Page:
Well, a Bill Gates keynote -- at least for the crowd at the Consumer Electronics Show -- is something more than a lecture. I fought through a mob to be among the first in line at the big white doors to the Palazzo ballroom in the Venetian here in lovely Las Vegas.

When the doors opened for the press and VIPs to enter, it was a no-holds-barred sprint to the best seats. I feel pretty lucky to have gotten to a center spot, four rows back from the stage. In front of me are three rows of photographers and then Bill. But now we wait.

The keynote isn't set to begin for another 50 minutes. People are sipping on beer and wine, watching jugglers on stilts and chatting in several languages over the non-descript rock and pop music (to my ears, anyway) thumping through the cavernous room. I can only guess at how many people will pack this place -- they're still filling in -- but I'd guess it will be several thousand at least.

The staging for this lecture is elaborate. Dozens of spotlights on gyroscopes hang over head. On stage, there are several large screens, a demo station, a futuristic living room scene complete with a huge hi-def flat-screen TV connected to an Xbox 360, another scene that could be a home office, and another one that looks like a bedroom. It's all set in front of a blue-green background emblazoned with "Microsoft" no fewer than seven times.

So, what's he going to talk about? That's under embargo for a little while yet. We know about the Ford announcement from earlier today, which certainly drew some visceral responses from readers of this blog.

Check back here and on Brier Dudley's blog for all of our CES coverage.

CES: Have you driven a Microsoft lately?

Posted by Benjamin J. Romano at 12:02 AM

Ford and Microsoft have teamed up to put software in vehicles that links a driver's cellphone and digital-music player to the car.

The hardware and software combination, called SYNC, will be available in a dozen of the automaker's 2008 vehicles. Ford aims to have it in all of its cars and trucks by the 2009 model year.

The partnership is being announced as part of the North American International Auto Show kicking off this weekend in Detroit and the Consumer Electronics Show in Las Vegas.

SYNC, based on Microsoft's Windows CE operating system, will automatically establish a wireless link with Bluetooth-equipped phones brought into the car. The phone's function -- making and receiving calls, selecting contacts from the address book -- will then be accessible through the car using speaker phone, a readout on the center console, voice commands and controls on the steering wheel.

Velle Kolde, product manager in Microsoft's automotive business unit, said the system's voice-command capabilities are state of the art. It requires no training, he said, and will understand English, Spanish and French Canadian. It will read text messages -- including emoticons -- in concert with some higher-end phones.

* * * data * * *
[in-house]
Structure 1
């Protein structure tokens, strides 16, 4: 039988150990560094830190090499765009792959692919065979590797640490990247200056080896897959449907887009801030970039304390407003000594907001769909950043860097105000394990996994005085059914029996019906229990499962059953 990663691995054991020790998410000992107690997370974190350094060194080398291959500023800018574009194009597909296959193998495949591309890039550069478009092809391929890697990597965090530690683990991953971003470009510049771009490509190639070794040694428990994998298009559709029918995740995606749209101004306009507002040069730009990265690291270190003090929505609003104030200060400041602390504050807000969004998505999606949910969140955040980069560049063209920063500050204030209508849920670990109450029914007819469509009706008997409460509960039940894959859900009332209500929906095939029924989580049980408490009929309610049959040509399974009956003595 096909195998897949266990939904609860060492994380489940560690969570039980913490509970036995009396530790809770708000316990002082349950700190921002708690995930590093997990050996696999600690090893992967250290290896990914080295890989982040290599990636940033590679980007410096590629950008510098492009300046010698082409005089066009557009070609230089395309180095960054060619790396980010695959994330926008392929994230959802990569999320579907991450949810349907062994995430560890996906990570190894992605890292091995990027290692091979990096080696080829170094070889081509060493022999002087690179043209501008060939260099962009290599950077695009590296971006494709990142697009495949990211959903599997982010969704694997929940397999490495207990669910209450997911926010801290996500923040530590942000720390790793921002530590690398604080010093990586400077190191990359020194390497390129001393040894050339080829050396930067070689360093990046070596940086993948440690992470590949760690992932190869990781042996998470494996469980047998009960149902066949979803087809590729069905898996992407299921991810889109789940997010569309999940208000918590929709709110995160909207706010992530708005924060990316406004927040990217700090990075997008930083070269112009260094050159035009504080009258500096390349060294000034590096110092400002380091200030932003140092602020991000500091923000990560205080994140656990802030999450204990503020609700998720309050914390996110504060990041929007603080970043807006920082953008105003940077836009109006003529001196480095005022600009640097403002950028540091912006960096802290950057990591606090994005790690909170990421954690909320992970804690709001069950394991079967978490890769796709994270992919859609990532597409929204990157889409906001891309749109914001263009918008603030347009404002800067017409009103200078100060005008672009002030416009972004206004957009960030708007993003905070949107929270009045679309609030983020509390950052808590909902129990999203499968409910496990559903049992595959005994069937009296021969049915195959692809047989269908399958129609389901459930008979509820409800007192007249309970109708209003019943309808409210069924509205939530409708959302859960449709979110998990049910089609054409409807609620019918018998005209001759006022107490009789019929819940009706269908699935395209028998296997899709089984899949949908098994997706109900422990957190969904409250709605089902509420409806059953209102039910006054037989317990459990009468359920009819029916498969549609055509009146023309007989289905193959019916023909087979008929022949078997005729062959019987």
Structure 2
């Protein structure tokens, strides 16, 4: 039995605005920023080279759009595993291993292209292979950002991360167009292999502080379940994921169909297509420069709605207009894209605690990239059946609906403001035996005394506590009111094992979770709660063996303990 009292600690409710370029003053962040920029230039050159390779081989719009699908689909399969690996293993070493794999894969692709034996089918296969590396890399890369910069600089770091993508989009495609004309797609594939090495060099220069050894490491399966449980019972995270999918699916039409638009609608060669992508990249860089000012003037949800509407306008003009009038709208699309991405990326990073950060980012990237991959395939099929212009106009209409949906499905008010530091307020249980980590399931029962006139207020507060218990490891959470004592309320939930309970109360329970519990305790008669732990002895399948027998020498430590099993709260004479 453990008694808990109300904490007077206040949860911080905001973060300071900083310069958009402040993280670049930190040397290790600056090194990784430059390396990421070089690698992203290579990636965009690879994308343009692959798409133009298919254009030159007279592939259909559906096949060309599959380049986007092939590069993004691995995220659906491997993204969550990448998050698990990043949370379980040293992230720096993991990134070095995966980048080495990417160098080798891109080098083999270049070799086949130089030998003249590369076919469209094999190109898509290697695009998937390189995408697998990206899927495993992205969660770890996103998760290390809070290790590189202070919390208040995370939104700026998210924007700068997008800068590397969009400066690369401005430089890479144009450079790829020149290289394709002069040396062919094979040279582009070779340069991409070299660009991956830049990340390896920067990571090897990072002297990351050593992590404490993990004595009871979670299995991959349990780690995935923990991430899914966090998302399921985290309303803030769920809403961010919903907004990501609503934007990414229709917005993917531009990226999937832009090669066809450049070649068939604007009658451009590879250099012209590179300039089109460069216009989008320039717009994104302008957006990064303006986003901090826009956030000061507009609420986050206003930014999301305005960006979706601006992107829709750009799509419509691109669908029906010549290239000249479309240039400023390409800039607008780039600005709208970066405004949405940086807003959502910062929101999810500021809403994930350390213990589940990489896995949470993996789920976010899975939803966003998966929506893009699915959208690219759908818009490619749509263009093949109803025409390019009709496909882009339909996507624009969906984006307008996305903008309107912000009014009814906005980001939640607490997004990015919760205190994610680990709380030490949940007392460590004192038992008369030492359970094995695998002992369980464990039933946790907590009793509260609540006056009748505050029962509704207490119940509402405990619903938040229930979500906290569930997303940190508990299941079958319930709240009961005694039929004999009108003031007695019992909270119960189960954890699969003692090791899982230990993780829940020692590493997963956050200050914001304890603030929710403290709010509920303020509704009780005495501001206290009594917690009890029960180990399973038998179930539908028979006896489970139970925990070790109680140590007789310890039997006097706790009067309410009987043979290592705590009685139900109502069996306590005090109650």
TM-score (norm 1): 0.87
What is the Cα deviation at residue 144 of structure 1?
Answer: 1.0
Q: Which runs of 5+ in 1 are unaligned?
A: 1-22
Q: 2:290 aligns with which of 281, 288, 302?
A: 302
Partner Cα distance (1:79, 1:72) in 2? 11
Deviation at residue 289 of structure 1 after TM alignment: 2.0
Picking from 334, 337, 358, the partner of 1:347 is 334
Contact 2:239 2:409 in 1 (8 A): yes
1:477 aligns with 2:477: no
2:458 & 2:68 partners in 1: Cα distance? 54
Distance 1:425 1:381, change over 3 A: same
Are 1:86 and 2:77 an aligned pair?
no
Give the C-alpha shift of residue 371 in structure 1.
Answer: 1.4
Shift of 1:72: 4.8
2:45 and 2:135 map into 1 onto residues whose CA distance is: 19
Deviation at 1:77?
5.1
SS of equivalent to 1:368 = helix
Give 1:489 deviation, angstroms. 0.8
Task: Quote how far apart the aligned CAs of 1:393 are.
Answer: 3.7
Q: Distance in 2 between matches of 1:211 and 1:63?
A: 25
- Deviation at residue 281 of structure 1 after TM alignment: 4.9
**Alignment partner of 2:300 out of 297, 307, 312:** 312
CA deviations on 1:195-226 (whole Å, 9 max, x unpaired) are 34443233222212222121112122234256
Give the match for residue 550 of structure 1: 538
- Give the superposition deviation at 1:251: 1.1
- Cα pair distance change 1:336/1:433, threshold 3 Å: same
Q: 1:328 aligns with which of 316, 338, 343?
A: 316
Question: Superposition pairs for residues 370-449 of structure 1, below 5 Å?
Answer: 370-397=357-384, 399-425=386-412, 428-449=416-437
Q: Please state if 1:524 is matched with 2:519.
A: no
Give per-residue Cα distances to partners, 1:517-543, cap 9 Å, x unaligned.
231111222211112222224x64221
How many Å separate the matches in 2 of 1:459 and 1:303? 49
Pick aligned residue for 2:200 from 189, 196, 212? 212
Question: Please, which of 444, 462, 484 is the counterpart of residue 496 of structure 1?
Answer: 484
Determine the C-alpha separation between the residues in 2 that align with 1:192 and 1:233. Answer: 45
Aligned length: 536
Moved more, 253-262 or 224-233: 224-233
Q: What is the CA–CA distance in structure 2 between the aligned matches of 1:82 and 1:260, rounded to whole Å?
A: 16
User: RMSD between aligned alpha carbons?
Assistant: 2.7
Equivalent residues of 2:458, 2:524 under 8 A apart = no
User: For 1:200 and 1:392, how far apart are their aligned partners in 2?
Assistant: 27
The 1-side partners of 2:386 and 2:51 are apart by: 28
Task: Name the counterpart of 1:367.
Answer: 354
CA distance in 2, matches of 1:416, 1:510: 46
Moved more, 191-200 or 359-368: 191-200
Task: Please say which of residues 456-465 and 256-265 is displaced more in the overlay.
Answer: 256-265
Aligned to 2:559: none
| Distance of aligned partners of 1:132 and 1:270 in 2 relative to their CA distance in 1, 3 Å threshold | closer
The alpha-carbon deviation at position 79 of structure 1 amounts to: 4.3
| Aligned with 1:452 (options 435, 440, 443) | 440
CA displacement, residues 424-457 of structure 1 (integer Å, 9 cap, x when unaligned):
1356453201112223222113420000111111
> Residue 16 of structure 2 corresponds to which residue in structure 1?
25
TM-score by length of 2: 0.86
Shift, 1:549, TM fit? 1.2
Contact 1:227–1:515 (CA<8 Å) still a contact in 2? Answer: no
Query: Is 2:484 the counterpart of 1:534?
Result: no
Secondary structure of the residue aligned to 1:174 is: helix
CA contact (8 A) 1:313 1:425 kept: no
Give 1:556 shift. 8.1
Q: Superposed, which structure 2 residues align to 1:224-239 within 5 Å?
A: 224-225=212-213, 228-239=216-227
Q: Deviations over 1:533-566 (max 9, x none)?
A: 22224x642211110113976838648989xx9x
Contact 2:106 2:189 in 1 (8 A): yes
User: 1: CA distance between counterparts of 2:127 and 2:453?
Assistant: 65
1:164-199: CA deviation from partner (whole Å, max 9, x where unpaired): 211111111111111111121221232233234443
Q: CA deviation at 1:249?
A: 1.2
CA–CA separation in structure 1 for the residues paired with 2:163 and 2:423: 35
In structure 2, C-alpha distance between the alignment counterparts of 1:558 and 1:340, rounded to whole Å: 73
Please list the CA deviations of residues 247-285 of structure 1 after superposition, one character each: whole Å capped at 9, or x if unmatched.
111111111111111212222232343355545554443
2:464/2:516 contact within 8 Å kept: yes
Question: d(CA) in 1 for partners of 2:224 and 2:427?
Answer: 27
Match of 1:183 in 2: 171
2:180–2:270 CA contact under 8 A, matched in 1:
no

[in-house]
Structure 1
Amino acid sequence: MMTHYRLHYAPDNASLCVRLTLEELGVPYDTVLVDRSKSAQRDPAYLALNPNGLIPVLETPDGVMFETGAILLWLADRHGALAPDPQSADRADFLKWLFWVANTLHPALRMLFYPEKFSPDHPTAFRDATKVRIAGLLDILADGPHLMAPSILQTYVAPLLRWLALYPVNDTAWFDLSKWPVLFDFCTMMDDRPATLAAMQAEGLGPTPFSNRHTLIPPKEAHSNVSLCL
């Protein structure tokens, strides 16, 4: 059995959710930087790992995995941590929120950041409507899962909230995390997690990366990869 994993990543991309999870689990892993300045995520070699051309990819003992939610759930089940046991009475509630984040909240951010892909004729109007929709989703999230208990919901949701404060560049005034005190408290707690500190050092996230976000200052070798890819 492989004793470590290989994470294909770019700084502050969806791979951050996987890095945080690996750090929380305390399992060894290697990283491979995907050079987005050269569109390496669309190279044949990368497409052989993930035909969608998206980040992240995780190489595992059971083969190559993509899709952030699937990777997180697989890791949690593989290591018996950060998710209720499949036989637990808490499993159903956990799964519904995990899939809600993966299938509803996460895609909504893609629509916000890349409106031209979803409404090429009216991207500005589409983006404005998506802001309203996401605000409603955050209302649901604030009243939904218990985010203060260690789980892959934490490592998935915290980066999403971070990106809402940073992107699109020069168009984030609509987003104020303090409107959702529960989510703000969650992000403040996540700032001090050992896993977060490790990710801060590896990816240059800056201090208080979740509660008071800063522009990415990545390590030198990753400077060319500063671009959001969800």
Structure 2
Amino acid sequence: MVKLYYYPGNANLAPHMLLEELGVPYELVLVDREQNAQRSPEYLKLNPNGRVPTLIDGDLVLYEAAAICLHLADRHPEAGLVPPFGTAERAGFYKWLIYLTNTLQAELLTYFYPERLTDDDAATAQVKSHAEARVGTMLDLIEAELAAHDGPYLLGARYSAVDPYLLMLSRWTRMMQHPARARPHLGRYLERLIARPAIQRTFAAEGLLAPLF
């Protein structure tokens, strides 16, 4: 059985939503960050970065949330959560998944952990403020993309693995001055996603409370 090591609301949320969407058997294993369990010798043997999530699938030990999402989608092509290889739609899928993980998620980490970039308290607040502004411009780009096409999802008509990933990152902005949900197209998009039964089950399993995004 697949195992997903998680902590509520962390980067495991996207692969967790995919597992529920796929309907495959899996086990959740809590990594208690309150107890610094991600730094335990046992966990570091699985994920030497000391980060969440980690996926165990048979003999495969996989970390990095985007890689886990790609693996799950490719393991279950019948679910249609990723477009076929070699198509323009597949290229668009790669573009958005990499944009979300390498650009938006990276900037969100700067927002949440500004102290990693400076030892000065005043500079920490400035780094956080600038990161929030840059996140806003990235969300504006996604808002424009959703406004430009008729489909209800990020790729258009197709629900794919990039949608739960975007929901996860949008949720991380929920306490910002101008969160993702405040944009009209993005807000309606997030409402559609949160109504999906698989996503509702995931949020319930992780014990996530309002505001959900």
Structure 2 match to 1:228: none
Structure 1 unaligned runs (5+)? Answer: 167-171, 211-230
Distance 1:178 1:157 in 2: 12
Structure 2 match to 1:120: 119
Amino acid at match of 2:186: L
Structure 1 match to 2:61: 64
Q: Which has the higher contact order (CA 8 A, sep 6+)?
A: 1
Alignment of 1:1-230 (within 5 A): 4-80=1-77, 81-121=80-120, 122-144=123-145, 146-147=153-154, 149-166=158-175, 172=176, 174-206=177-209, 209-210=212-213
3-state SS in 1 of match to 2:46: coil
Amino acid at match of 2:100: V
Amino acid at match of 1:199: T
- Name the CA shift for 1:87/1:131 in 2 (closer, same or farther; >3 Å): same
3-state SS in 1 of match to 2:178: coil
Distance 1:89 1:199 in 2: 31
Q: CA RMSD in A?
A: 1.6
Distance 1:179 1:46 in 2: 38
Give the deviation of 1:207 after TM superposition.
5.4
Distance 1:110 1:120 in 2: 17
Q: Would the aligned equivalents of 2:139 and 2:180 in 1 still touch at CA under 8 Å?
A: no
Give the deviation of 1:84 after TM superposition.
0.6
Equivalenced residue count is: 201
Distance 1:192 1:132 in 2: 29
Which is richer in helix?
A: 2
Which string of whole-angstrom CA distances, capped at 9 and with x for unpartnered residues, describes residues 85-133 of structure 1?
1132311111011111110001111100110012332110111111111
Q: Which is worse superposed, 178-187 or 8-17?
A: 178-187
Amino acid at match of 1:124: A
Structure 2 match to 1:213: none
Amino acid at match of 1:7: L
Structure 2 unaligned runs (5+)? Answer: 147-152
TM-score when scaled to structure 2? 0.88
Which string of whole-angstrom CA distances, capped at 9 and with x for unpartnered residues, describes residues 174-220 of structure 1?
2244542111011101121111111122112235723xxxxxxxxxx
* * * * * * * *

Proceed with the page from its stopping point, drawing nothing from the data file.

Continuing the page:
SYNC cars will also have a USB port to connect iPods and other portable music players. Players can be fully accessed and controlled in the same way as the phones. Kolde said the system supports virtually all players and music file formats.

This is a high-profile win for Microsoft's 10-year-old automotive business unit. Kolde said it represents an effort by the company to put its software in more places beyond the home and office.

"There was a lot of opportunity in the car that hadn't really been addressed so we're very excited about what we're announcing with Ford," he said.

The business unit, part of the mobile and imbedded devices group, has about 120 employees and benefits from the work of several other groups that make the base operating systems that it optimizes for use in automobiles.

Ford and Microsoft did not disclose the financial terms of their agreement. Microsoft did a similar partnership with Fiat in July 2004. And Kolde said Microsoft is open to working with other automakers.

The company's products are already in lots of cars today, but the deals have been lower profile for Microsoft.

"We power a lot of the screen-based navigation systems that are available in many of the vehicles today, although you wouldn't know it because there's no branding on it," Kolde said.

Not so with SYNC. Gary Jablonski, manager of Ford's "infotainment" systems product development, said consumers would be very aware that there's Microsoft software under the hood.

"Vehicles equipped with the system include promotional badges with the brand name SYNC along with the word Microsoft," he said.

CES: Have you driven a Microsoft lately?

Posted by Benjamin J. Romano at 12:02 AM

Ford and Microsoft have teamed up to put software in vehicles that links a driver's cellphone and digital-music player to the car.